Security service is probed by police
‘Rivalry’ between police and MSS
Police are investigating the alleged disappearance of documents indicating corruption at Enemalta after they were passed on to Malta’s intelligence agency in August 2011.
The unprecedented investigation into the Malta Security Service (MSS) has been going on for the past few weeks.
The probe was triggered by revelations in The Sunday Times last month that the Government received a tip-off in relation to alleged tax evasion by oil trader George Farrugia, who was recently given a presidential pardon to reveal all he knows about the oil procurement scandal.
Former Finance Minister Tonio Fenech had confirmed that his ministry was tipped off about Mr Farrugia but insisted the information only involved documents indicating tax evasion.
These documents were passed on to the Tax Compliance Unit. The unit launched an investigation, which is still going on.
However, Mr Fenech also revealed that the information came from the MSS.
The Times is reliably informed that the service received a detailed dossier containing invoices and damning e-mails to and from Mr Farrugia in August 2011 and that only a part of that dossier was passed on to the Finance Ministry.
High-level sources said the agency, whose primary area is national security, is unlikely to have investigated corruption itself as it does not have the expertise or set-up to investigate corruption and money trails.
“The service deals with anti-terrorism, national security and organised crime and does not really have the assets to deal with this sort of investigation,” a source said.
Asked if the service could have passed on the documents to the police for investigation, the source simply pointed to the entrenched institutional rivalry between the MSS and the police.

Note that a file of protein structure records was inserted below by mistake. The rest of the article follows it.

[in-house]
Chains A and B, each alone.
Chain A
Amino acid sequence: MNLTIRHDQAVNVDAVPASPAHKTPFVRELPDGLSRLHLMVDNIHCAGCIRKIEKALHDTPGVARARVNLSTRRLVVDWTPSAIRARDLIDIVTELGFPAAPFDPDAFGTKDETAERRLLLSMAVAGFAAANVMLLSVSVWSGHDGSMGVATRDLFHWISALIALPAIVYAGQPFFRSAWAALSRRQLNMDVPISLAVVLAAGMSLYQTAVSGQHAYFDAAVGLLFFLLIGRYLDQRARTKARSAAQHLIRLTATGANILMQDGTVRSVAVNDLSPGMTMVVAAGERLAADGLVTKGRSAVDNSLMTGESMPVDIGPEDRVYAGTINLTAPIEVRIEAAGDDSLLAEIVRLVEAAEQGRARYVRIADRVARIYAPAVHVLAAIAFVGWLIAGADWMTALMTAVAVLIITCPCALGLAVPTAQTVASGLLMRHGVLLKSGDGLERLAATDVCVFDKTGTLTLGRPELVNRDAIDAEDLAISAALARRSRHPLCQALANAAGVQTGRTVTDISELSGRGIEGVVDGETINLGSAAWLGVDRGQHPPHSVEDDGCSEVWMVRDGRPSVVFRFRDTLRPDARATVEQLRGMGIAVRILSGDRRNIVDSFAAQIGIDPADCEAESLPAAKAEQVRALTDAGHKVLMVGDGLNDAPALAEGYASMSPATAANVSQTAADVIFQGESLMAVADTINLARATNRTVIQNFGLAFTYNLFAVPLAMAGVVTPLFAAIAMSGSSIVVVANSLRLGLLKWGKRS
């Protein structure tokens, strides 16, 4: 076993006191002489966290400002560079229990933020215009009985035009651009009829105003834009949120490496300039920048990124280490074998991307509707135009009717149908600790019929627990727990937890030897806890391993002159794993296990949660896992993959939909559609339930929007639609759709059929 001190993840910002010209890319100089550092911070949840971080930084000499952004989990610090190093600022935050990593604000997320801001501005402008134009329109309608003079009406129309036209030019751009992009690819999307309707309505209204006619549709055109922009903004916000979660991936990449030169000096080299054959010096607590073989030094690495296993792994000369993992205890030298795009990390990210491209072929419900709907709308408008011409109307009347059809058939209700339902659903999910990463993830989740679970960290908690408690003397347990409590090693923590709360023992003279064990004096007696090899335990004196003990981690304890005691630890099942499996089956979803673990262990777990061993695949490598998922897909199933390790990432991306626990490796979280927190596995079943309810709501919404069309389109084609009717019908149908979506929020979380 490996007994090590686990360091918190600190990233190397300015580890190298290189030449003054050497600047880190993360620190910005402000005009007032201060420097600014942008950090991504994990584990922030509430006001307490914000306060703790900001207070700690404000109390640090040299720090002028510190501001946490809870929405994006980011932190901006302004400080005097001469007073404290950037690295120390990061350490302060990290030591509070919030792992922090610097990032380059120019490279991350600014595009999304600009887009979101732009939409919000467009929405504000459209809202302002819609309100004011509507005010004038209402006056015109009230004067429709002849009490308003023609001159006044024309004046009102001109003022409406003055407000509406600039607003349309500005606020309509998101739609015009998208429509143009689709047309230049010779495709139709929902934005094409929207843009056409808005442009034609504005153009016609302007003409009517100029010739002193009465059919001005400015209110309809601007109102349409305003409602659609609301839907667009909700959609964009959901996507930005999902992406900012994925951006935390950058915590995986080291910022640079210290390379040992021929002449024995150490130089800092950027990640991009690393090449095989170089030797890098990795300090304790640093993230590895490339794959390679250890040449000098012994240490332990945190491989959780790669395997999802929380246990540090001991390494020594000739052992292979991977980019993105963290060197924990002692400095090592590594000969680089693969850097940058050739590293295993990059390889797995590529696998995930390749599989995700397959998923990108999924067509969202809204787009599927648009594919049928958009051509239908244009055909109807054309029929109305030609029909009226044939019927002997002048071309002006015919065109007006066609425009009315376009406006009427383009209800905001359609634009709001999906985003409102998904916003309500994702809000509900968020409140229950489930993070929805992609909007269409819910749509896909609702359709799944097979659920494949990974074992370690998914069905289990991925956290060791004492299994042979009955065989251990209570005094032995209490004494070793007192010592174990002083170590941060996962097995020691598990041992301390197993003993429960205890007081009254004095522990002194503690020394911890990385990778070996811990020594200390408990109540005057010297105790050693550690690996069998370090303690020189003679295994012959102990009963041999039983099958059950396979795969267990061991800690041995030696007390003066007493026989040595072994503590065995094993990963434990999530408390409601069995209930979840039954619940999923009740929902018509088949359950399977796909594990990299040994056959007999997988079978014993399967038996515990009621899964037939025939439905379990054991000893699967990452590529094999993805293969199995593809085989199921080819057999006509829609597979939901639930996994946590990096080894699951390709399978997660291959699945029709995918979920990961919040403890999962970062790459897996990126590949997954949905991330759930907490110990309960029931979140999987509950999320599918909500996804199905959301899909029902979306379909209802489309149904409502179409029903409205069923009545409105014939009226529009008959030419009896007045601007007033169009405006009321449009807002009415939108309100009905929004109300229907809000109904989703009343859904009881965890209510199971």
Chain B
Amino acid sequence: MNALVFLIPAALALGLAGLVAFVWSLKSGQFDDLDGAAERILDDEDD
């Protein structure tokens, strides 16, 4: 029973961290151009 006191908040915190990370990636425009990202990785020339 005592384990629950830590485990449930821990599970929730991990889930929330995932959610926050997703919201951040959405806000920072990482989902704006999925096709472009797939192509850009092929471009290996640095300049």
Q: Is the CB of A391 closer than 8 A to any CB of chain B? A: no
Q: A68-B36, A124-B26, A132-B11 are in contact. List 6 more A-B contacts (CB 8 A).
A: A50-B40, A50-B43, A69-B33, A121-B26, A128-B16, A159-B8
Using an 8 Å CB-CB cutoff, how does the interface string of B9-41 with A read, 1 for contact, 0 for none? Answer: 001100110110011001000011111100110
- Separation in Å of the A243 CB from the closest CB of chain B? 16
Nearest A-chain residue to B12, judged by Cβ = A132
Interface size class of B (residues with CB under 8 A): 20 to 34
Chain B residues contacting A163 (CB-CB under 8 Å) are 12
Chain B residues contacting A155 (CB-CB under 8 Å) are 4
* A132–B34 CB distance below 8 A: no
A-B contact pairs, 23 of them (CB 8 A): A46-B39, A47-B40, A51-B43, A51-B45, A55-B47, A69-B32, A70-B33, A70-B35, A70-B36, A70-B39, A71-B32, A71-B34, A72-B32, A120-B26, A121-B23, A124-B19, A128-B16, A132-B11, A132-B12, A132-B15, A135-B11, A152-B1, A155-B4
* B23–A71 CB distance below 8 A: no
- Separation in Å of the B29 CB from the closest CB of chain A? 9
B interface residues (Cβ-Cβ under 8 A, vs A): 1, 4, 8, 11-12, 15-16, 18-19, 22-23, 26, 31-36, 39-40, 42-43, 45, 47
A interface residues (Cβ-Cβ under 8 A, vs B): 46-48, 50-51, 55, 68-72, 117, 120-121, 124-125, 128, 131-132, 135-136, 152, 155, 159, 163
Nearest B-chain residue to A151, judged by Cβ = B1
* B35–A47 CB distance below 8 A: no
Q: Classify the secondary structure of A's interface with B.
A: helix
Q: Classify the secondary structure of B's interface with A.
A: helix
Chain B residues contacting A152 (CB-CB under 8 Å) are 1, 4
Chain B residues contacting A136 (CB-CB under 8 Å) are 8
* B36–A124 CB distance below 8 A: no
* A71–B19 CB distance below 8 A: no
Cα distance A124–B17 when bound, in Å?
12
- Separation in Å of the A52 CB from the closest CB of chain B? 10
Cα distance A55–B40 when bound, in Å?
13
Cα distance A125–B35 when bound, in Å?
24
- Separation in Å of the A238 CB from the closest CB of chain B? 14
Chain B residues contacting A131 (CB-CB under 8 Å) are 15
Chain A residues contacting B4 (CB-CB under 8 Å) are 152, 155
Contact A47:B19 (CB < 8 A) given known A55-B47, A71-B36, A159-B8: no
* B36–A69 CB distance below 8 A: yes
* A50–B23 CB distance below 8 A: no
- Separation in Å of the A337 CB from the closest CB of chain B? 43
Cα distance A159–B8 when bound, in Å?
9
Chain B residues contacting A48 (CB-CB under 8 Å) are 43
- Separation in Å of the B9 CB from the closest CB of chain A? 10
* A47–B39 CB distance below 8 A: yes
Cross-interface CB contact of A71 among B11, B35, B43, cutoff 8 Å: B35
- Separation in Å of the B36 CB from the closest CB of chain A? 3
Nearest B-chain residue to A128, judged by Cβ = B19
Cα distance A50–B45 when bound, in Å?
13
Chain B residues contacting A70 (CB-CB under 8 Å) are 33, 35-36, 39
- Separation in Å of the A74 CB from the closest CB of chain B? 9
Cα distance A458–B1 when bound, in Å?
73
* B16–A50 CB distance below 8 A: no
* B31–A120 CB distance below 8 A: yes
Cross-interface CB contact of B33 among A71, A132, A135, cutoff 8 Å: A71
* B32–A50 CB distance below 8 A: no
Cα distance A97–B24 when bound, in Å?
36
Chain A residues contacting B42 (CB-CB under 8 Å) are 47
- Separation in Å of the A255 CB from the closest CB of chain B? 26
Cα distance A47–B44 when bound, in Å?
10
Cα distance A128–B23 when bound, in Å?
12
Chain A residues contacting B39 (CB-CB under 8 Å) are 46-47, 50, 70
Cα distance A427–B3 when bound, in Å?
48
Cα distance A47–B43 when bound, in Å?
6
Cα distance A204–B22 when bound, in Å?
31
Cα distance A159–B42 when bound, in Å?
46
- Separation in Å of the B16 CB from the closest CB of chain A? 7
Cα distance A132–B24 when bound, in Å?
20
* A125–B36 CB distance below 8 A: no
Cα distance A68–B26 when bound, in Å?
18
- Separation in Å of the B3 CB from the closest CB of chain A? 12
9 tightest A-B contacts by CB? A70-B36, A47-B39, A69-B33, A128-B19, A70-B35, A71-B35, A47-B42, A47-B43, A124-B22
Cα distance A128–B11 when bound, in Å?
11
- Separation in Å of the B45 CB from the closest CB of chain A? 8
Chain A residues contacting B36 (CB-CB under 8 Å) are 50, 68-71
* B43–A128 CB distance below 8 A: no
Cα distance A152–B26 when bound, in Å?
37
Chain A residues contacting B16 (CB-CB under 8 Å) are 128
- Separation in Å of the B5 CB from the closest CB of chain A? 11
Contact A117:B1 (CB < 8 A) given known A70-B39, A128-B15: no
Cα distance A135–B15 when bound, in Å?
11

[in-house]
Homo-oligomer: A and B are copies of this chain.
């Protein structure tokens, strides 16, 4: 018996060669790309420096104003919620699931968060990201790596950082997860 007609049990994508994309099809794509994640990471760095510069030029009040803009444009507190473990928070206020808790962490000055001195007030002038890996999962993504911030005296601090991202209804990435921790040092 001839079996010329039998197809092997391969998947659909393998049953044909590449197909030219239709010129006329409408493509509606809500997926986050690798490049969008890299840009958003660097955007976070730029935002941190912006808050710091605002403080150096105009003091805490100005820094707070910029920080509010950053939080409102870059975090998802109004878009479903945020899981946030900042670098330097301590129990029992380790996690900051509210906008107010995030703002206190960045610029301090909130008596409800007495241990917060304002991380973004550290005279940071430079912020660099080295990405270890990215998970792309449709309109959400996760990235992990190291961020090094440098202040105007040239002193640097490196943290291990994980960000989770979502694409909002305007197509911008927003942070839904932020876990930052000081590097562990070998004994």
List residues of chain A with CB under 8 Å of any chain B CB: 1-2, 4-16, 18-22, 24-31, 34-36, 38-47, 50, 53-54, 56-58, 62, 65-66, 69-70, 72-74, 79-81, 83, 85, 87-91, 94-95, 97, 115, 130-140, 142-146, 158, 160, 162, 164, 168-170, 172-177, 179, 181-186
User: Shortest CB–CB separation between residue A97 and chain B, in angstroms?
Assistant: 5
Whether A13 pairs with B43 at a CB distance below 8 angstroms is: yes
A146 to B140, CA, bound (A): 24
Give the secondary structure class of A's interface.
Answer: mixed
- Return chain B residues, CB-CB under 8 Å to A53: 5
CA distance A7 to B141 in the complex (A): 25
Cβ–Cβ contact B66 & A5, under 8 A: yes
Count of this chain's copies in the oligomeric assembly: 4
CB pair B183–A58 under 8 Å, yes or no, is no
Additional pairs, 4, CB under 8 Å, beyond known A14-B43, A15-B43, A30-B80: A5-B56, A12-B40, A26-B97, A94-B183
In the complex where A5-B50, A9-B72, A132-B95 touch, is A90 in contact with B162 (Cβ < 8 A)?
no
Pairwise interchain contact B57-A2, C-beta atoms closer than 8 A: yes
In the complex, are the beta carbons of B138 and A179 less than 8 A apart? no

In fact, there is no indication that any documents were passed on to the police.
The investigation by the police Economic Crimes Unit, which has so far led to four people being charged over kickbacks on oil tenders, was initiated after Malta Today broke the story on January 20. Moreover, it only took a month or so for the first people to be arraigned.
The man who was in charge of the MSS at the time, Godfrey Scicluna, coincidentally suspended himself as the oil scandal story unfolded towards the end of February, after the police issued criminal charges over an unrelated traffic accident in which an elderly man was injured.
In his stead, the outgoing government appointed Francis Sciberras, the former deputy head of the service.
The twist adds a new dimension to an already complex issue that started in 2010 with a family feud between Mr Farrugia and his brothers, who own the John’s Group of companies.
That year, the brothers sacked George from the group’s oil trading company after they accused him of siphoning off the family’s business into his own firm.
After the breakup, they commissioned IT consultants to scour Mr Farrugia’s office computer and that of his wife Cathy and discovered hundreds of e-mails and invoices that pointed to the fraud.
The investigation also uncovered the evidence that enabled the police to make the recent arraignments.
Part of this evidence, showing that Mr Farrugia was defrauding the family business, was used in a civil lawsuit that ended in an out-of-court settlement.
It is understood that someone close to the family delivered the rest of the evidence to a member of the Security Service.
So far the police have arraigned four former Enemalta officials in connection with the kickbacks: ex-chairman Tancred Tabone, his one-time adviser Frank Sammut, the former financial controller Tarcisio Mifsud, and a former member of the oil procurement committee, Alfred Mallia.
Another two businessmen, Anthony Cassar and Francis Portelli, were also arraigned although their charges have nothing to do with the kickbacks on oil tenders but relate to a tender for the leasing of a barge to the state-owned bunkering company MOBC.